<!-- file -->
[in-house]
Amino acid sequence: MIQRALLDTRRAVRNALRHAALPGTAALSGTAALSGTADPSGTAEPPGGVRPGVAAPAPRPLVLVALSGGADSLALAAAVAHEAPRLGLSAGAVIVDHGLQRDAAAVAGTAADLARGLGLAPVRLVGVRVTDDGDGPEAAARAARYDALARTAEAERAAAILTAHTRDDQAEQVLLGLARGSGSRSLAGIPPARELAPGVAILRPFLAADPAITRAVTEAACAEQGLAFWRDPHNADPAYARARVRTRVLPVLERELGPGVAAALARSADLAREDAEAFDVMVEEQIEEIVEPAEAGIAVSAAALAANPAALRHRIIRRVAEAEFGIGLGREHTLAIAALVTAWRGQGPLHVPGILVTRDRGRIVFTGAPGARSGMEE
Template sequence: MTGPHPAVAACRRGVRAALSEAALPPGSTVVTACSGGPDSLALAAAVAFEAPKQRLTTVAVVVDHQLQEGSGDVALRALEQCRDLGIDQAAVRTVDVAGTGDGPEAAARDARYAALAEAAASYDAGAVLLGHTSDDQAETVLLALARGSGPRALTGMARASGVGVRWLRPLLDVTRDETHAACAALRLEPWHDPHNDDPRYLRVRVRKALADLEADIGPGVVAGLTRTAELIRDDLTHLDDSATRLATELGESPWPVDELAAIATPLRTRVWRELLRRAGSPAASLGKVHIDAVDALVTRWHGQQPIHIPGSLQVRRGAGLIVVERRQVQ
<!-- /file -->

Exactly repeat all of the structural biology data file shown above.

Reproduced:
[in-house]
Amino acid sequence: MIQRALLDTRRAVRNALRHAALPGTAALSGTAALSGTADPSGTAEPPGGVRPGVAAPAPRPLVLVALSGGADSLALAAAVAHEAPRLGLSAGAVIVDHGLQRDAAAVAGTAADLARGLGLAPVRLVGVRVTDDGDGPEAAARAARYDALARTAEAERAAAILTAHTRDDQAEQVLLGLARGSGSRSLAGIPPARELAPGVAILRPFLAADPAITRAVTEAACAEQGLAFWRDPHNADPAYARARVRTRVLPVLERELGPGVAAALARSADLAREDAEAFDVMVEEQIEEIVEPAEAGIAVSAAALAANPAALRHRIIRRVAEAEFGIGLGREHTLAIAALVTAWRGQGPLHVPGILVTRDRGRIVFTGAPGARSGMEE
Template sequence: MTGPHPAVAACRRGVRAALSEAALPPGSTVVTACSGGPDSLALAAAVAFEAPKQRLTTVAVVVDHQLQEGSGDVALRALEQCRDLGIDQAAVRTVDVAGTGDGPEAAARDARYAALAEAAASYDAGAVLLGHTSDDQAETVLLALARGSGPRALTGMARASGVGVRWLRPLLDVTRDETHAACAALRLEPWHDPHNDDPRYLRVRVRKALADLEADIGPGVVAGLTRTAELIRDDLTHLDDSATRLATELGESPWPVDELAAIATPLRTRVWRELLRRAGSPAASLGKVHIDAVDALVTRWHGQQPIHIPGSLQVRRGAGLIVVERRQVQ